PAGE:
Google denies antitrust claims in early response to US lawsuit

The filing is Google's most significant so far in its antitrust battle with the US Justice Department. PHOTO: REUTERS

(NEW YORK TIMES) - Google said on Monday (Dec 21) that it had not used its multibillion-dollar deals with other large tech firms to protect its position as the dominant online search engine, in the company's first formal rebuttal to the Justice Department's accusations that those deals violated antitrust laws.

The filing, a 42-page document, is a paragraph-by-paragraph - and sometimes sentence-by-sentence - denial of the claims made by the government and a group of states that have joined its lawsuit. In the filing, Google says it "developed, continually innovated and promoted" its search product as part of its mission to "organise the world's information and make it universally accessible and useful."

"People use Google Search because they choose to, not because they are forced to or because they cannot easily find alternative ways to search for information on the Internet," the company said.

The filing is Google's most significant so far in its antitrust battle with the Justice Department, but it will be far from its last. The judge hearing the case, Amit Mehta, said last week that the trial would not start until 2023.

Google is fighting a growing number of legal battles inside the United States. Republican attorneys general in Texas and other states said in a lawsuit last week that Google had broken the law in obtaining and protecting a monopoly over the technology that delivers ads across the Internet.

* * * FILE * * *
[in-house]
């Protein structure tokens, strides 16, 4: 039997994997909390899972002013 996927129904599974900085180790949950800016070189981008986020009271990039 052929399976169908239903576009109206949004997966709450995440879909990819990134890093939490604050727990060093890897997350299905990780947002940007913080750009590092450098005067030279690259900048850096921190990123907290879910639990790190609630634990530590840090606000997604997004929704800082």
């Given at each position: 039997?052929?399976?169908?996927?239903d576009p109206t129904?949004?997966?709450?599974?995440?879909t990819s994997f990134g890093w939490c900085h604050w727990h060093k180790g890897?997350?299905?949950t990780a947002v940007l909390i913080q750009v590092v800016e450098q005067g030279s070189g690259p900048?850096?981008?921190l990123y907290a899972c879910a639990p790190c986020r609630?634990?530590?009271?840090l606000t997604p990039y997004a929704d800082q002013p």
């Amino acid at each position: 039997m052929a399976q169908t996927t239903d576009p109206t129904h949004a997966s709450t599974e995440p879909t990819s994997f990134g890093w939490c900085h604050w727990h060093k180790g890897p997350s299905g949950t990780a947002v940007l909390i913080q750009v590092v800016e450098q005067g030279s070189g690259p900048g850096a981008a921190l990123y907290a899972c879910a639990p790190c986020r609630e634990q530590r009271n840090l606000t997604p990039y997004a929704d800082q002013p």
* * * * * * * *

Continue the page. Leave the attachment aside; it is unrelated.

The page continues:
A day later, a bipartisan group of states led by Colorado and Nebraska filed their own lawsuit focused on its search business, expanding on the accusations made by the Justice Department in October. They have asked to combine their case with the federal lawsuit.

The Justice Department said in its suit that Google had used agreements with device makers like Apple, Samsung and LG to make sure it was the default search engine on their phones. That pole position is powerful, preventing rival search products like DuckDuckGo from growing, prosecutors said.

Eleven state attorneys general signed on to the lawsuit when it was filed.

Additional states have asked to join the case, including California.

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